The Writing Life
In 1982, my father was appointed deputy vice chancellor of the University of Nigeria at Nsukka and assigned a new two- story house, number 305 on Marguerite Cartwright Avenue: graveled, landscaped, bright with red hibiscuses and green whistling pines. It had a shed at the entrance for the security guards; I would come to know one of them well, the gentle, ashy-skinned Vincent who slept through hot afternoons and told Igbo folk stories that involved a call and response. Our first day at the house, we looked at the parlor and kitchen and when it was time to go upstairs, I began to cry because the stairs were endless, insurmountably high and gleaming a deep burgundy. I refused to climb. I was 5 years old. Finally, my sister Uche held my hand, and we took it one step at a time until we got to the top. Weeks later, I was dashing up those stairs, whooping and sliding on a pillow down the banister with my brothers Okey and Kenechukwu.
I shared with them the biggest room upstairs; it had three beds, dressers, a wardrobe. It did not have a desk. It led out to a veranda where we played paper dolls, where I read Enid Blyton, where I skulked and watched the boy next door. The veranda had a second door that led to the study, my father's dusty lair, lined with shelves of statistics journals, and dominated by the large desk with a green place-name that said "Professor J N Adichie" placed at the center amid files, books, paper clips, pens and, at the farthest corner, the black rotary phone. I wonder now why the phone was kept in the study instead of, say, the passage downstairs, but it was, and throughout secondary school I had uncomfortable conversations with friends while my father sat there marking student assignments. Parts of the desk were so dusty I wrote down phone numbers with my finger. Or I just doodled. I wrote my first "book" at 10, on that desk, in an exercise notebook, titled "The Hopscoths."
Chinua Achebe and his family lived in Number 305 before we moved in. I realize now what an interesting coincidence it is that I grew up in a house previously occupied by the writer whose work is most important to me. There must have been literary spirits in the bathroom upstairs, which was larger and airier than the one downstairs, with a stately white tub that my mother complained was never cleaned well enough; I often got story ideas after taking bucket baths in it. But the only manifest Achebe legacy was on a window ledge in the dining room, scratch-written in the childish hand of his daughter: "Nwando Achebe." That window looked out to the backyard, to the avocado tree that had watery fruit and the guava tree on which chickens were tied before they were killed for lunch and the mango tree that fed the bats that lived in our roof.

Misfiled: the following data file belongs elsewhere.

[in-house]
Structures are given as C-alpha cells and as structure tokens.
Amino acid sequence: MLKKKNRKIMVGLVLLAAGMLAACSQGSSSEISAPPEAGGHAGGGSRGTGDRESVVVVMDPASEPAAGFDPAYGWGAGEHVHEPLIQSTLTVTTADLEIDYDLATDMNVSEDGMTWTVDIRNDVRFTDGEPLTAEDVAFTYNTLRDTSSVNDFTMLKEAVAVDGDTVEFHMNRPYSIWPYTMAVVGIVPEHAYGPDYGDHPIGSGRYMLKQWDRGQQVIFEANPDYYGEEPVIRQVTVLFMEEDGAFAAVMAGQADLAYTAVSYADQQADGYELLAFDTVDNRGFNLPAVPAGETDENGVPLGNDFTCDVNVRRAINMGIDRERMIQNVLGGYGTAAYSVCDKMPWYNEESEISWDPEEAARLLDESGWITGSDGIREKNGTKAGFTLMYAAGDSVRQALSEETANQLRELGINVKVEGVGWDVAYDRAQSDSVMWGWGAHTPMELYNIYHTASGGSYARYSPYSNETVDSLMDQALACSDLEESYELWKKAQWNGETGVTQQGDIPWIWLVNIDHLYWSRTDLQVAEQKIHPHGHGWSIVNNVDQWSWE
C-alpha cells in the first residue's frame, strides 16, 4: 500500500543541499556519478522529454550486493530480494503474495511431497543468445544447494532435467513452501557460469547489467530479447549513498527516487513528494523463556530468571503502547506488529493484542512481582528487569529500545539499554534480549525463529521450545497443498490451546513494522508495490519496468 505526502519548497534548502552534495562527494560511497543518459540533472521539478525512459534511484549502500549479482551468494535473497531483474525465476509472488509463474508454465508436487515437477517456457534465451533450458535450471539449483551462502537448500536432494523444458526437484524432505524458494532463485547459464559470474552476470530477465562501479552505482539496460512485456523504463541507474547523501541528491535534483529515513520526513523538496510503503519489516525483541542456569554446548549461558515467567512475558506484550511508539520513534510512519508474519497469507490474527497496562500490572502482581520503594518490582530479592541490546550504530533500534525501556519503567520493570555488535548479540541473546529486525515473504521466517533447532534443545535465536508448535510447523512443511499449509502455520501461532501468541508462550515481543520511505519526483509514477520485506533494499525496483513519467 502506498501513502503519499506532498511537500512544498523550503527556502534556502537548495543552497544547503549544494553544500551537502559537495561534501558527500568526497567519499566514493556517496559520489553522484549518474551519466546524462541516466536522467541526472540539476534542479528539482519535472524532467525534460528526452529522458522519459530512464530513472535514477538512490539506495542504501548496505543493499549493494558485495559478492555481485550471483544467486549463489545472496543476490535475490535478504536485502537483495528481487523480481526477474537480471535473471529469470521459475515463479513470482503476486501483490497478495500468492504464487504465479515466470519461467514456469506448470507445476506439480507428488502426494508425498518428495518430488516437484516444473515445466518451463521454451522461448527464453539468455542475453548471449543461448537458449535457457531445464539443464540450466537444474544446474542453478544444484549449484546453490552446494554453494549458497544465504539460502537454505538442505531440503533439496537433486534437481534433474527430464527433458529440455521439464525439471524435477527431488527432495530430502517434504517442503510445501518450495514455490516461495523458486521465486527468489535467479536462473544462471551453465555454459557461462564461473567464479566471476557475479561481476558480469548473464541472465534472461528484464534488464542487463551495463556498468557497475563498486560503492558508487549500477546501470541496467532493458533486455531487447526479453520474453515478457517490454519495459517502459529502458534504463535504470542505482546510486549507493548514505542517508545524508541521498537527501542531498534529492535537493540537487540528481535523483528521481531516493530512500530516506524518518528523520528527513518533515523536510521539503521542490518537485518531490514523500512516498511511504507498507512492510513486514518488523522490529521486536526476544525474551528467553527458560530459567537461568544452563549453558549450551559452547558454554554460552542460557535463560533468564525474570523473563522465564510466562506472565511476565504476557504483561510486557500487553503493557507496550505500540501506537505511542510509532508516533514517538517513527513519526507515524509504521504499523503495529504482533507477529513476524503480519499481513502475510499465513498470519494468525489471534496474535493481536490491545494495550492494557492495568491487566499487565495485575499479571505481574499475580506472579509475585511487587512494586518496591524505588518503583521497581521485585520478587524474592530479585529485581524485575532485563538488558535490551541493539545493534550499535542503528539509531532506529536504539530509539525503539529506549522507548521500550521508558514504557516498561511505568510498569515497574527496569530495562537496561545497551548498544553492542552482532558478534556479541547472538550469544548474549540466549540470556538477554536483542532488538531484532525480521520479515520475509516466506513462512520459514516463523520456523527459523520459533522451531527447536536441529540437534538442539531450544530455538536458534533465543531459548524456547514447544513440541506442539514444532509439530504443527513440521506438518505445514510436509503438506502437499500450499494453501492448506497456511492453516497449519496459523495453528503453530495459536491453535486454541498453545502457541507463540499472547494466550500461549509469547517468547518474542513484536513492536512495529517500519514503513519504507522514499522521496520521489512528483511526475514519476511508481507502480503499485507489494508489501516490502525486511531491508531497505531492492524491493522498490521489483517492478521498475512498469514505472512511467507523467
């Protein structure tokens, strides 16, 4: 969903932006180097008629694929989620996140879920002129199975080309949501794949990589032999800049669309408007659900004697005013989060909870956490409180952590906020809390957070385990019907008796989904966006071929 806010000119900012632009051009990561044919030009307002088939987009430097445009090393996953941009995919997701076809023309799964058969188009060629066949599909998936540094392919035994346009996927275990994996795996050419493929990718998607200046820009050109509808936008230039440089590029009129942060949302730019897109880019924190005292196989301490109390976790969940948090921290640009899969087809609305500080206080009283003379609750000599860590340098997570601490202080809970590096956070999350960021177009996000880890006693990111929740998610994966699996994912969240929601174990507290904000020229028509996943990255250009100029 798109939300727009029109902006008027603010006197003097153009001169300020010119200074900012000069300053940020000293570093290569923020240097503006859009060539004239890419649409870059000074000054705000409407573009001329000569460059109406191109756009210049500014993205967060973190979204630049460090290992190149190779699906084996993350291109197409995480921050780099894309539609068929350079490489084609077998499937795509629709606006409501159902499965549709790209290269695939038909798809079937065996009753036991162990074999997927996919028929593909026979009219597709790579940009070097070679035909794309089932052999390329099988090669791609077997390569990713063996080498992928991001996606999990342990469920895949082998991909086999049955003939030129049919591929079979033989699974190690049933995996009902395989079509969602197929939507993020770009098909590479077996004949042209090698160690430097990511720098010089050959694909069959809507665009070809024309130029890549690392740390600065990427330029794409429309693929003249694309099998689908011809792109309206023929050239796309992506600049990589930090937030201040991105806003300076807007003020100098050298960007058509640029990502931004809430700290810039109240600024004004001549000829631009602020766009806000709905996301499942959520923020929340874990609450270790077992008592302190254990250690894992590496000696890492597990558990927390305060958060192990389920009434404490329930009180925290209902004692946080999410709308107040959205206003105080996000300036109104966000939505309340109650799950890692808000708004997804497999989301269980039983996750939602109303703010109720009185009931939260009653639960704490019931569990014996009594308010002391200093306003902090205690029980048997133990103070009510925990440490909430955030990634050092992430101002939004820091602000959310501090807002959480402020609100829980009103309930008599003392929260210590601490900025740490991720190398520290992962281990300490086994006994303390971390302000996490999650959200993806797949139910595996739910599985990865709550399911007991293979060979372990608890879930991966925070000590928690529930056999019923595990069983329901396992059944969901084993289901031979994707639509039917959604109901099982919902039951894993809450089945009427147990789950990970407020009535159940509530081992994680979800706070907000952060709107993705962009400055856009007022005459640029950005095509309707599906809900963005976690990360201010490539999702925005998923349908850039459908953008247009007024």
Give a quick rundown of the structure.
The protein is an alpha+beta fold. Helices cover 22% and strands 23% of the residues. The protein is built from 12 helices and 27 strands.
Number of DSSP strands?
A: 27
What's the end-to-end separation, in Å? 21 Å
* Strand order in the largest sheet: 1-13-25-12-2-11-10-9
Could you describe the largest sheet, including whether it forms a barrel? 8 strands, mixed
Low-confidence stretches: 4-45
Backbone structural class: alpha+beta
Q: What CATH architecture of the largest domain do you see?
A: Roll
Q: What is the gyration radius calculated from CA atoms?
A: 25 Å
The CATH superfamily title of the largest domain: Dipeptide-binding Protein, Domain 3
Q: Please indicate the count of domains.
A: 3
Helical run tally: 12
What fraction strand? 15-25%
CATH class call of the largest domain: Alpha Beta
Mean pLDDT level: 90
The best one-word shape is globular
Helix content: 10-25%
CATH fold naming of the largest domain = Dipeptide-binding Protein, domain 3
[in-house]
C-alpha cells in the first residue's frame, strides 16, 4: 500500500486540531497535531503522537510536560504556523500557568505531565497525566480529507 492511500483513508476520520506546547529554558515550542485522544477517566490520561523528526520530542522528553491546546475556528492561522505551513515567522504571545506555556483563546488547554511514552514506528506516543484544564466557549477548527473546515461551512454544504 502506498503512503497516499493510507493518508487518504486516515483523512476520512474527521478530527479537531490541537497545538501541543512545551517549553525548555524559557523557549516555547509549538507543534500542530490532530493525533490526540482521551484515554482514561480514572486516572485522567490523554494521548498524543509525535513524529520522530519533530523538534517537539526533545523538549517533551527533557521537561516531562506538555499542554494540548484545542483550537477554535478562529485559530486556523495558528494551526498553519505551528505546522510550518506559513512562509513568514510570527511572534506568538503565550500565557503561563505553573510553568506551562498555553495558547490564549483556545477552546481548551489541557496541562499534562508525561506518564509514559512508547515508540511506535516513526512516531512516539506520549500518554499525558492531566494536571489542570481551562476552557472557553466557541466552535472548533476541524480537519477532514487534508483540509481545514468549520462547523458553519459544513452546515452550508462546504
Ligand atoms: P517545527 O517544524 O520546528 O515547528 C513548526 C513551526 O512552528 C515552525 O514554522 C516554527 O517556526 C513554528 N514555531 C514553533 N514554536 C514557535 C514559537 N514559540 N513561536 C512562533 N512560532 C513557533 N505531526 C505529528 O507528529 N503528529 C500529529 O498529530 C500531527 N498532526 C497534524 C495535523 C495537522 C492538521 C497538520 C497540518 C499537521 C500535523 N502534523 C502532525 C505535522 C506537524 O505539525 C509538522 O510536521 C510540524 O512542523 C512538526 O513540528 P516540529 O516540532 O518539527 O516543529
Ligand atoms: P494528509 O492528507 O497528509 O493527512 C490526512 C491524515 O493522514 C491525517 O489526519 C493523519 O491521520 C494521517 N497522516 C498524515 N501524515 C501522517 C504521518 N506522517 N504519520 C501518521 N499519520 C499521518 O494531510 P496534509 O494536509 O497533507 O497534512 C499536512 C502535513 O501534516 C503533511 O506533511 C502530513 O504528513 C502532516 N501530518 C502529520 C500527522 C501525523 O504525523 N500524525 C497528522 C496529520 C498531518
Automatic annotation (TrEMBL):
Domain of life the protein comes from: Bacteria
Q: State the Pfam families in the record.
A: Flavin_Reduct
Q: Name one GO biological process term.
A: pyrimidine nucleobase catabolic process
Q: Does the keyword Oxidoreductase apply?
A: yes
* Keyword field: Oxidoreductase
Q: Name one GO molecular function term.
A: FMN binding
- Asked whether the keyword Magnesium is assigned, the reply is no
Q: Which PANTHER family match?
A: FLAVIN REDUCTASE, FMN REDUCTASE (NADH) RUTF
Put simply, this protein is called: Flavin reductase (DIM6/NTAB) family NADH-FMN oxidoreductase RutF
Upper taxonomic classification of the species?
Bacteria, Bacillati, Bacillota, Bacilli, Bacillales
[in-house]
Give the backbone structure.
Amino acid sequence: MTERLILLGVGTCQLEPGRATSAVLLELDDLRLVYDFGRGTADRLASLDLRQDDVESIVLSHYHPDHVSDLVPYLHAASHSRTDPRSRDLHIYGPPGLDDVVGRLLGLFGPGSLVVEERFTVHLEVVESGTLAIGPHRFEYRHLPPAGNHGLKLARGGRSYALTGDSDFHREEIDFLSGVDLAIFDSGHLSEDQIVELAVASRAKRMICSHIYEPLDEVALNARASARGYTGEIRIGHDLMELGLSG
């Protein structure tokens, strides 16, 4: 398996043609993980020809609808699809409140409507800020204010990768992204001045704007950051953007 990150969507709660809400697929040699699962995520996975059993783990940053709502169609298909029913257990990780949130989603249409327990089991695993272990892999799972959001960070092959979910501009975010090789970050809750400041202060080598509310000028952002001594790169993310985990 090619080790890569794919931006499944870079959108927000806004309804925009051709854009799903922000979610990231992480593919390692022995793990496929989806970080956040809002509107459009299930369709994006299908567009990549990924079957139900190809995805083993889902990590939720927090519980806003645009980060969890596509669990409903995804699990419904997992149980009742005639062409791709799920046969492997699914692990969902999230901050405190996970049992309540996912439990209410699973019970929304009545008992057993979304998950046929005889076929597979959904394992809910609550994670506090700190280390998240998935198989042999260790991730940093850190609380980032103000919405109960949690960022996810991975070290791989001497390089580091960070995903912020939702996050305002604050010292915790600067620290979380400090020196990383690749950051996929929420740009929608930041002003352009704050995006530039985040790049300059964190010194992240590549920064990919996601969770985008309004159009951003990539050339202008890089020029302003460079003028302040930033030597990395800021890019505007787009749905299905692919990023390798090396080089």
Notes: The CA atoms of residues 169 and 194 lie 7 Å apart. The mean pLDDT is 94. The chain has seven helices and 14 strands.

I wrote at the dining table when I could not use my father's desk because he was working or because a sibling was on the phone. The table, light green and long, was the family dumping ground -- of newspapers, university circulars, wedding invitations, bananas or groundnuts bought on the way home -- and the tiny ants that lived underneath it appeared after breakfast to crowd around bits of sugar or bread. I always cleared a space for myself at one end, opposite the grand old wood-paneled air conditioner, used so rarely that a puff of dust always burst out before cool air followed. It was noisy and, during birthdays when the parlor was filled with friends and food, graduations, baby showers for my sisters, the celebratory party when my mother was appointed registrar, there was always a loud vacuum-like sound of the air conditioner in the background.
My brothers and I had separate rooms after our older siblings left home. Mine had a girlish table where I displayed my lotions and brown powder. It still did not have a desk.
In 1997, I left home to attend college in America. When I returned four years later with the final page proofs of my first novel, my parents had put a desk in my room. It was square and sturdy, and I spread out my page proofs and edited and marked them there. Two years later, when I returned to work on my second novel, my parents had installed an air conditioner; the lights blinked when I turned it on. I transcribed interviews and edited old writing at the dining table or at my father's desk in the study, where new television satellite wires trailed under the door. But I wrote only in my room and, from time to time, I would look out at the veranda, where years of rain had stained the floor a dull gray.
Last week, my parents moved out of the house. They are now retired from the university, and the house has been assigned to another family. As I spoke to them on the phone from my apartment in New Haven, I asked ridiculous questions -- Did you keep my secondary school books? Did you find that doll I lost in primary school? -- and fought tears. They talked about the hiring of lorries, the buying of cartons. They sounded practical and calm. How could they not see how momentous this was, that we were leaving behind 25 years of our lives. But of course they did; they simply are not as much given to drama as I am. While they talked about the old furniture they had given out, I entertained wild thoughts: I will find a way to become fantastically rich and will bribe the university into giving me the house back.
I hung up thinking about the last time I was in the house, this past summer. There was a power failure, and in the pitch blackness, I walked from my room, down the stairs, into the dining room to find a candle in the cabinet. I did not stumble once. ·